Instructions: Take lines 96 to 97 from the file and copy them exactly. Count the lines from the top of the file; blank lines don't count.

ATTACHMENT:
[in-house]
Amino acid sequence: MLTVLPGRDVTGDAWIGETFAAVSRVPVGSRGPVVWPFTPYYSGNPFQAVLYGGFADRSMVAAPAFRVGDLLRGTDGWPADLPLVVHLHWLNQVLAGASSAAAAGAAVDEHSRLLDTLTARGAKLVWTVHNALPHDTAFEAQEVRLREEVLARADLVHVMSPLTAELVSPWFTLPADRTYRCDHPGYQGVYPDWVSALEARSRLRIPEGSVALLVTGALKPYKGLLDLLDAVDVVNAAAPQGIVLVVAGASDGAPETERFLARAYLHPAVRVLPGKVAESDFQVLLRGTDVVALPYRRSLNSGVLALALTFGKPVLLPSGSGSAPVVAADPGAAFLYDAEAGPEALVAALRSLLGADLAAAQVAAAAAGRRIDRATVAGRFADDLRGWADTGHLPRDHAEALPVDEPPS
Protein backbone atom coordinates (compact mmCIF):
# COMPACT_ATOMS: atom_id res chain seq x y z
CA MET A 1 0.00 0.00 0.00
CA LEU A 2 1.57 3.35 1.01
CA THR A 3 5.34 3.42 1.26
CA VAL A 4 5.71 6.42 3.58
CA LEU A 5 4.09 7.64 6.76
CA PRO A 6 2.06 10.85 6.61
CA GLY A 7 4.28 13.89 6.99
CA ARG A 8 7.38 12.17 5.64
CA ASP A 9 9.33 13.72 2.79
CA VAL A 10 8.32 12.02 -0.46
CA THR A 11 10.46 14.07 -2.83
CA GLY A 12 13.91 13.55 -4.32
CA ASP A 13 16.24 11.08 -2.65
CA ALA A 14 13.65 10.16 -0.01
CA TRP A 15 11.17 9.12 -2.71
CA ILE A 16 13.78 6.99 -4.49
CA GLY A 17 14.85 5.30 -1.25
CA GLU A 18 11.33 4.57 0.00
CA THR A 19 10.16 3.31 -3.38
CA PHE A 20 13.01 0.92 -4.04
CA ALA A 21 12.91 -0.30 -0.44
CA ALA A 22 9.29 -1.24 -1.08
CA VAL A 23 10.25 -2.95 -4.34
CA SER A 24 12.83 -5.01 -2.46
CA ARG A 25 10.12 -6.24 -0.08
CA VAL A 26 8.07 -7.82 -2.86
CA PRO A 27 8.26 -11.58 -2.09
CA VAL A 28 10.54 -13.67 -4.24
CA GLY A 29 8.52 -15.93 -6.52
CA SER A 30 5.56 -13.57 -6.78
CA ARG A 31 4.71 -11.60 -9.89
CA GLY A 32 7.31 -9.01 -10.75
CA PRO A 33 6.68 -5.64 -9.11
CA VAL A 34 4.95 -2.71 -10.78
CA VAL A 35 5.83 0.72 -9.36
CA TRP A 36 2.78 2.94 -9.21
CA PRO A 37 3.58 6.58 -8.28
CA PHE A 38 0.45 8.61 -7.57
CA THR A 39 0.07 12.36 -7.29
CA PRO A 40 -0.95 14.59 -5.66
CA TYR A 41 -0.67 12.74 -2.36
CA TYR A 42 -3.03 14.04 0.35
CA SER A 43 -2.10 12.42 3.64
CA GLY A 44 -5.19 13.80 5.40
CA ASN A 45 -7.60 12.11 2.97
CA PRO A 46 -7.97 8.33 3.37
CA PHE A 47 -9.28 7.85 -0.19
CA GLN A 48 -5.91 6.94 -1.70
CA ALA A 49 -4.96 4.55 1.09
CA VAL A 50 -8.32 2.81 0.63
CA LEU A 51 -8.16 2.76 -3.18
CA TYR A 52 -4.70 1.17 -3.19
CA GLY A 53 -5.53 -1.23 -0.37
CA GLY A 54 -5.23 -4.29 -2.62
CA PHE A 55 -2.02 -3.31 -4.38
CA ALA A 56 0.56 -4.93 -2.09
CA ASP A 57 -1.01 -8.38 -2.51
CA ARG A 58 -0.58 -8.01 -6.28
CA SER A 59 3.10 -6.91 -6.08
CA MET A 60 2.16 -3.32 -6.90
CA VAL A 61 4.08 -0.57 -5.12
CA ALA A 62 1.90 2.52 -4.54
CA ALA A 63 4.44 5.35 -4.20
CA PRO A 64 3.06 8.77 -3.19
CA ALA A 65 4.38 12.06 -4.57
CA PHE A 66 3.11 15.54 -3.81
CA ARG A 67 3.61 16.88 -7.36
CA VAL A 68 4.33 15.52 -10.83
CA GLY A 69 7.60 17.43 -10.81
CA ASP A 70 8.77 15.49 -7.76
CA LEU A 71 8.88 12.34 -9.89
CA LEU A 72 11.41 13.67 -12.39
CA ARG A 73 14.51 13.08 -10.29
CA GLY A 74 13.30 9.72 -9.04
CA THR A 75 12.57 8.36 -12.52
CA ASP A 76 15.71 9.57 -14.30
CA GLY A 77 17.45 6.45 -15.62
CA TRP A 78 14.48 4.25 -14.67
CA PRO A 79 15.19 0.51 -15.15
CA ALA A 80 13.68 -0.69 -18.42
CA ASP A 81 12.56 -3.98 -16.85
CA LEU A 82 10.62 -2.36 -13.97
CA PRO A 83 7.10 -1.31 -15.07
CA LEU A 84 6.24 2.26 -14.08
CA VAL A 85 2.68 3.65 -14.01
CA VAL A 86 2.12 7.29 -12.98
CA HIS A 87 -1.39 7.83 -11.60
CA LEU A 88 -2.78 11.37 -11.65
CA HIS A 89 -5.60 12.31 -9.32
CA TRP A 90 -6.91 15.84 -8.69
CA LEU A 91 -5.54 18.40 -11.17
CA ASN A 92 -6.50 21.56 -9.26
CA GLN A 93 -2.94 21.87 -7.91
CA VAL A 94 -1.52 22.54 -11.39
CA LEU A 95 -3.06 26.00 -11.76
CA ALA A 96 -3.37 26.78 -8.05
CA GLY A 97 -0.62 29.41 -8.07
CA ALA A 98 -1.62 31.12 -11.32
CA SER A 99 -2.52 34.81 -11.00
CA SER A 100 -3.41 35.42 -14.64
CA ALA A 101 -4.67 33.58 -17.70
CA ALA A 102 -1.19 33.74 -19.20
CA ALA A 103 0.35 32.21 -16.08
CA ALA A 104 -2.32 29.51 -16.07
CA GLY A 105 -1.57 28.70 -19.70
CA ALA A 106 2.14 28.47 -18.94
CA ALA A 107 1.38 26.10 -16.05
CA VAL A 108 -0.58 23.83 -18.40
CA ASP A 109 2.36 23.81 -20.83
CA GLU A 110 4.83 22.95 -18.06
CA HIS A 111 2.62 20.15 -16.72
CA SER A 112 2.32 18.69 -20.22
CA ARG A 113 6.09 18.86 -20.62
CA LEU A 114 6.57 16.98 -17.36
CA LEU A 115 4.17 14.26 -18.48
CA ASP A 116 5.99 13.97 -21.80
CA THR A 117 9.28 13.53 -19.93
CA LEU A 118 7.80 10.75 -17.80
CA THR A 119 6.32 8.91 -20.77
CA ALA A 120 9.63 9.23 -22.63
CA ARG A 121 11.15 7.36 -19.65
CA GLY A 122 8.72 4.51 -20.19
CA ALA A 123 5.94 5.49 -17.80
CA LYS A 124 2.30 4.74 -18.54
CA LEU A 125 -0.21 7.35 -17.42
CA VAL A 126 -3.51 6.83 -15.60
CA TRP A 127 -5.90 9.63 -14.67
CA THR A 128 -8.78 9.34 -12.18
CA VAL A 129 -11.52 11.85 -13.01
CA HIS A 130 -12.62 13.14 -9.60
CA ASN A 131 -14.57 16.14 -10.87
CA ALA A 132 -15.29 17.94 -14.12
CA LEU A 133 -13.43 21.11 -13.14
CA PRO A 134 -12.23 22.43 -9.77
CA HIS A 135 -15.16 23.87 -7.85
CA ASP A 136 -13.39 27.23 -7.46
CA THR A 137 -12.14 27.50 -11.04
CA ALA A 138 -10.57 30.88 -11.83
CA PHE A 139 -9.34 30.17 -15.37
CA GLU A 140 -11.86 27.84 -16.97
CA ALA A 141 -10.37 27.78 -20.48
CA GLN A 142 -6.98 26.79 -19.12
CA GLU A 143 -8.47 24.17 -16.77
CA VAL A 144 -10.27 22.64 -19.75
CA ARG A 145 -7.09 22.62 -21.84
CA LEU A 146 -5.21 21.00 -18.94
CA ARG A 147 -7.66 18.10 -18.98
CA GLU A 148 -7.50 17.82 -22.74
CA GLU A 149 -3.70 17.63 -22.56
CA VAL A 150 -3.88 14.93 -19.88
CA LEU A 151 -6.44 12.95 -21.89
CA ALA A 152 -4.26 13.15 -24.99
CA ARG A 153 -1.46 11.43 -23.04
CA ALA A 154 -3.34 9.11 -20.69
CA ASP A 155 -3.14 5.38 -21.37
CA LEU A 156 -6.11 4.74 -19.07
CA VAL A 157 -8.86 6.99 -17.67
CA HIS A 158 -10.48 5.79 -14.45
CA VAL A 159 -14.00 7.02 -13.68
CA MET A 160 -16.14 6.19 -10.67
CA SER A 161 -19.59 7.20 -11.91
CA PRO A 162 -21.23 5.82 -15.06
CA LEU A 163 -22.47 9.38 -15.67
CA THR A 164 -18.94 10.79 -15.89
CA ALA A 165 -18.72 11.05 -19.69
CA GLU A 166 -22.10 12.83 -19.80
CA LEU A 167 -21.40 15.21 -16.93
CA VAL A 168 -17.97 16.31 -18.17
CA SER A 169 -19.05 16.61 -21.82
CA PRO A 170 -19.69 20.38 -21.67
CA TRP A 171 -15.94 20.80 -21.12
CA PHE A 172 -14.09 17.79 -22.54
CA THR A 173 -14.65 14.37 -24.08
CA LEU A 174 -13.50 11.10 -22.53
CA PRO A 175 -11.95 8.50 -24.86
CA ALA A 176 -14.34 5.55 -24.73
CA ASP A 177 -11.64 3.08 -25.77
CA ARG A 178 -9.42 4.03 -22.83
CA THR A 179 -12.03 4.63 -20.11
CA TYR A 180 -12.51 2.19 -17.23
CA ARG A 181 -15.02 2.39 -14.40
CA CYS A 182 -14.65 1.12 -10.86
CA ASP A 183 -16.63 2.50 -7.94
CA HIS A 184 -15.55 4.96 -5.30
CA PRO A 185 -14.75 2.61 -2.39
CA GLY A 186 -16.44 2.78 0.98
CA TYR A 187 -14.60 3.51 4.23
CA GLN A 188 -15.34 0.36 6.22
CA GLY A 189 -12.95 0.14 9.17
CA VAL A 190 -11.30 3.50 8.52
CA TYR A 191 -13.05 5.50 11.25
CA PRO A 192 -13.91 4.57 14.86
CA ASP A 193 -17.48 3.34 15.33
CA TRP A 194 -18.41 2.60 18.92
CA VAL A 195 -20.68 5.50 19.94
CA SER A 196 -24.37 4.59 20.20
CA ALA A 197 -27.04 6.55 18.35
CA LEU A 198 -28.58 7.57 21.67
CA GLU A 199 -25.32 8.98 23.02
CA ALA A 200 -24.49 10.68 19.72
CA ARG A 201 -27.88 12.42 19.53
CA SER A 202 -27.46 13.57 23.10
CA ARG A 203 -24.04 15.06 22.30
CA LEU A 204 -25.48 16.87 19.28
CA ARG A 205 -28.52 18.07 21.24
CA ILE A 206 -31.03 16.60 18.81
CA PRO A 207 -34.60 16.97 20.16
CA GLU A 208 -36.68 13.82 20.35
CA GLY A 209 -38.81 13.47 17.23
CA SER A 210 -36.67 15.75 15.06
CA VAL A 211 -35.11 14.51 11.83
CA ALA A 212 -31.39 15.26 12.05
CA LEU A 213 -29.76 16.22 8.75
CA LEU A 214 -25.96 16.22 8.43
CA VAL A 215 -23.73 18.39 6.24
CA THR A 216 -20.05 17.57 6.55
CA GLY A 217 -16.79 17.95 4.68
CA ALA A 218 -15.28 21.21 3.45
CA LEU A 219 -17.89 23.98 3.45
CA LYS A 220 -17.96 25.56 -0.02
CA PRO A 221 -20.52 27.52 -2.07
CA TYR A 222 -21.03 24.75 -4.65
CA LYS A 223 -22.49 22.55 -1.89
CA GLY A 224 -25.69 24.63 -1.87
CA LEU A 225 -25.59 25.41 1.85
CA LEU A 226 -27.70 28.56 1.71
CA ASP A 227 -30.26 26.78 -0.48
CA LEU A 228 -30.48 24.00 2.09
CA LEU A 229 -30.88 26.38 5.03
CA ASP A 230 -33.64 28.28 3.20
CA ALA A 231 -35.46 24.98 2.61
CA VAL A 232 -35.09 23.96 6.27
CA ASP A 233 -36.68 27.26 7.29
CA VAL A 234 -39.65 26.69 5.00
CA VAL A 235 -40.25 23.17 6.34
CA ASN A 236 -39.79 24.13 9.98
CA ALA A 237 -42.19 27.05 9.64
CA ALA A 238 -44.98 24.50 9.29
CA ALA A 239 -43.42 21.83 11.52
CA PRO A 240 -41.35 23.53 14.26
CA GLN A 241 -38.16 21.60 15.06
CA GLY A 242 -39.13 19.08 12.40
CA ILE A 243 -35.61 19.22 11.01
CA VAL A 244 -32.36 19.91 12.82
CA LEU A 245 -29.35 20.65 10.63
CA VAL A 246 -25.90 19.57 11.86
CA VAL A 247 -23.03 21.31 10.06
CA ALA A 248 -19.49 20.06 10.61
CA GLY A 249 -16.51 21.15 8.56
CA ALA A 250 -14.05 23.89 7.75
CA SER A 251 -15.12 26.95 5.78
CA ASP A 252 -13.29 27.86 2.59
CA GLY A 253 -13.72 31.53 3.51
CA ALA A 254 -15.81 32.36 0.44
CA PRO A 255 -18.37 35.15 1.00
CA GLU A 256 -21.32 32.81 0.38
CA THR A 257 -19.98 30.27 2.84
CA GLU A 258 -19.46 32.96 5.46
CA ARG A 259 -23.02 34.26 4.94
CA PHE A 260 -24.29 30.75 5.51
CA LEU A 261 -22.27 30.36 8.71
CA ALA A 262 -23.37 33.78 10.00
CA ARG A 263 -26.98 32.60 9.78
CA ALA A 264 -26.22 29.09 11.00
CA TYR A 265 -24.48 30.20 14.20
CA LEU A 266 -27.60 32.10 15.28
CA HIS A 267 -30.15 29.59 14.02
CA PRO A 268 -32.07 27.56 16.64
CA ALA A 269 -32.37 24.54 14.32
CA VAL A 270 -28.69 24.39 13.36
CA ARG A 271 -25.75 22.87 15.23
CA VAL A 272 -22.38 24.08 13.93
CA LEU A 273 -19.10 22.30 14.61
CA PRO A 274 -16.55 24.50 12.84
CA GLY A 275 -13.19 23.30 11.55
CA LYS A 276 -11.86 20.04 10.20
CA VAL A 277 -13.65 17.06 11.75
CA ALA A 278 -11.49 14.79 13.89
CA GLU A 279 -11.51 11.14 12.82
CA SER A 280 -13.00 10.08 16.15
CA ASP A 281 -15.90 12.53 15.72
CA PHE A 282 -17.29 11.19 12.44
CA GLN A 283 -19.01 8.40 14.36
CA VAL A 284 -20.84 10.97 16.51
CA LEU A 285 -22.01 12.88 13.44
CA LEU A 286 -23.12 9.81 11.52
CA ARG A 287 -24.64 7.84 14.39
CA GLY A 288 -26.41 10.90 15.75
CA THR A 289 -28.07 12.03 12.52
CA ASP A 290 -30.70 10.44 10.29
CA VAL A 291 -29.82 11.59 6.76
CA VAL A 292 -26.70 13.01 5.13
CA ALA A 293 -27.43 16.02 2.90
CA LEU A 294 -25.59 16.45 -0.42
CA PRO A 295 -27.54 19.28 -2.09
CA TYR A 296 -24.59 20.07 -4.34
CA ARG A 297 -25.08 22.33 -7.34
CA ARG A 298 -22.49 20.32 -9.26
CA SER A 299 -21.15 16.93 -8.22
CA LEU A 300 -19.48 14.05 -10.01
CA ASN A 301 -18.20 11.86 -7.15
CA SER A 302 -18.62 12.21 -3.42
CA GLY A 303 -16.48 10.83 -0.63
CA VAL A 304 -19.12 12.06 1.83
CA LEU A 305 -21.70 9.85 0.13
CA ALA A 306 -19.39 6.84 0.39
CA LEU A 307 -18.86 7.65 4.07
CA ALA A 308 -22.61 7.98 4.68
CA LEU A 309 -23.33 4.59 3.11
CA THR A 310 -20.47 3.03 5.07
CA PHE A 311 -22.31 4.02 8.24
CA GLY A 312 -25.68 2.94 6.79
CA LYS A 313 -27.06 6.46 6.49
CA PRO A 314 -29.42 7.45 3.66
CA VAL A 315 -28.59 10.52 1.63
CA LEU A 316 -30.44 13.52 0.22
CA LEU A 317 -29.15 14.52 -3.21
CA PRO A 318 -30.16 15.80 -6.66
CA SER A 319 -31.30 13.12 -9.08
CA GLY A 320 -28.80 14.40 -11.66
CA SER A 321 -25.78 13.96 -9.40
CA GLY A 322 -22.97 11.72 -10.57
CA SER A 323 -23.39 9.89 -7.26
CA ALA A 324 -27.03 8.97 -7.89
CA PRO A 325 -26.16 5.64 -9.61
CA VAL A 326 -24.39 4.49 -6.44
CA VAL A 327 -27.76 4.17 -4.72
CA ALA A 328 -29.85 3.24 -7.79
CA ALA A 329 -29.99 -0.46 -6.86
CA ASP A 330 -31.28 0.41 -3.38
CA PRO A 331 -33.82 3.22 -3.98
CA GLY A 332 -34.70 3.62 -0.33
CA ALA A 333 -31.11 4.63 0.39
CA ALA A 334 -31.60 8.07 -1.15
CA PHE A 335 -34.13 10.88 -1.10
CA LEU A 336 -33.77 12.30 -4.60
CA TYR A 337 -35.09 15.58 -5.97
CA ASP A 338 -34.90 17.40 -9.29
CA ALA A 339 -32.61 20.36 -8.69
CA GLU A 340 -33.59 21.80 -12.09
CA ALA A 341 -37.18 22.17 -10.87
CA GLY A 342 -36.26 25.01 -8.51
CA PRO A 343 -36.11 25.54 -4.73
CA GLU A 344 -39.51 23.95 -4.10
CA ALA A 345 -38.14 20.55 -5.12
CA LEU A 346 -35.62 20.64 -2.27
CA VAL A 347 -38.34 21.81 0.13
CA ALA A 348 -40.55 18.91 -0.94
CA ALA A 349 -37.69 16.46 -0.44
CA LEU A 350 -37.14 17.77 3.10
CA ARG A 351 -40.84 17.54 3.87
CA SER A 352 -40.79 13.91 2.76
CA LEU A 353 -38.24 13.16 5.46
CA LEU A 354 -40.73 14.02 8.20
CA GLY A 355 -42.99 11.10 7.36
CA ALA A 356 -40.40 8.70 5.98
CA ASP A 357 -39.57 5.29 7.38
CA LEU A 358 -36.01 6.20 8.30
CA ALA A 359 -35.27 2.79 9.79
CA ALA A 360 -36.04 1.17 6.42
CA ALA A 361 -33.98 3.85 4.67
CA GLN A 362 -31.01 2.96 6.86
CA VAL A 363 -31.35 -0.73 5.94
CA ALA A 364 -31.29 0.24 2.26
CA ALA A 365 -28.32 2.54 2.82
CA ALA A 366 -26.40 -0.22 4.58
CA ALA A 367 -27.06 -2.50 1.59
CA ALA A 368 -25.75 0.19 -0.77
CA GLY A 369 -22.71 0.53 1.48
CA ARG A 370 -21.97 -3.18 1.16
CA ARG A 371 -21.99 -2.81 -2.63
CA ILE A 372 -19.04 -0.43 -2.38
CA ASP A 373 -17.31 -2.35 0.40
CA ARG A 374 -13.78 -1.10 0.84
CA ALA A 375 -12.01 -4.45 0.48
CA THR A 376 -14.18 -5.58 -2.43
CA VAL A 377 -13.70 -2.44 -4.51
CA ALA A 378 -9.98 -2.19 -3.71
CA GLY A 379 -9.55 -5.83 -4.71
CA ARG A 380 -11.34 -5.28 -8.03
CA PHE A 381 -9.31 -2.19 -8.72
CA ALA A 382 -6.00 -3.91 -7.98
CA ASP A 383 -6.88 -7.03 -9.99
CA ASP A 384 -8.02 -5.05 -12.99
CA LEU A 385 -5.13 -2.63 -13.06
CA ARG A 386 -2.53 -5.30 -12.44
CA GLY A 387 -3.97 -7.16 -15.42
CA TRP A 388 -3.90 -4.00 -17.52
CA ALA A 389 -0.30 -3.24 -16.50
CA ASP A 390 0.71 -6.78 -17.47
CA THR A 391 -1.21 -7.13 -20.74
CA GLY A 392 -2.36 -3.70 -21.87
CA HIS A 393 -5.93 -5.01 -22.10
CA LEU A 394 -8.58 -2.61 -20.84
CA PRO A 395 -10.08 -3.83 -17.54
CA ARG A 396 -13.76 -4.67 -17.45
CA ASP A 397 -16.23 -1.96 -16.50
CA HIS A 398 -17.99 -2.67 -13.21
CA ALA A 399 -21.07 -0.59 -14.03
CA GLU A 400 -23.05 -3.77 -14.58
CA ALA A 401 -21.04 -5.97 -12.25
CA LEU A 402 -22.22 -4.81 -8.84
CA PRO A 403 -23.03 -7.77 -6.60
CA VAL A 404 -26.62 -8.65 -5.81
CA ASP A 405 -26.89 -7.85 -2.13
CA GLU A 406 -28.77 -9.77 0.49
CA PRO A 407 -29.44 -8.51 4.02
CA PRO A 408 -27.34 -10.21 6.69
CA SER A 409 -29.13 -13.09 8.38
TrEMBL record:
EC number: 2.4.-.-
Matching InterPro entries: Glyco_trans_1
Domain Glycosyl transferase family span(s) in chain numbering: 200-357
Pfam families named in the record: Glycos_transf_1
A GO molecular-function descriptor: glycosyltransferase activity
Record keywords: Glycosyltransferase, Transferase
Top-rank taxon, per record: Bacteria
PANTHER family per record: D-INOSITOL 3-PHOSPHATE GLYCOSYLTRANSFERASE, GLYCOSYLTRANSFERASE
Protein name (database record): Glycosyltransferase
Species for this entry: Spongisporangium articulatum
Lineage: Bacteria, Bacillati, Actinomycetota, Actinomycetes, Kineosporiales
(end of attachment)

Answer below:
CA ASN A 92 -6.50 21.56 -9.26
CA GLN A 93 -2.94 21.87 -7.91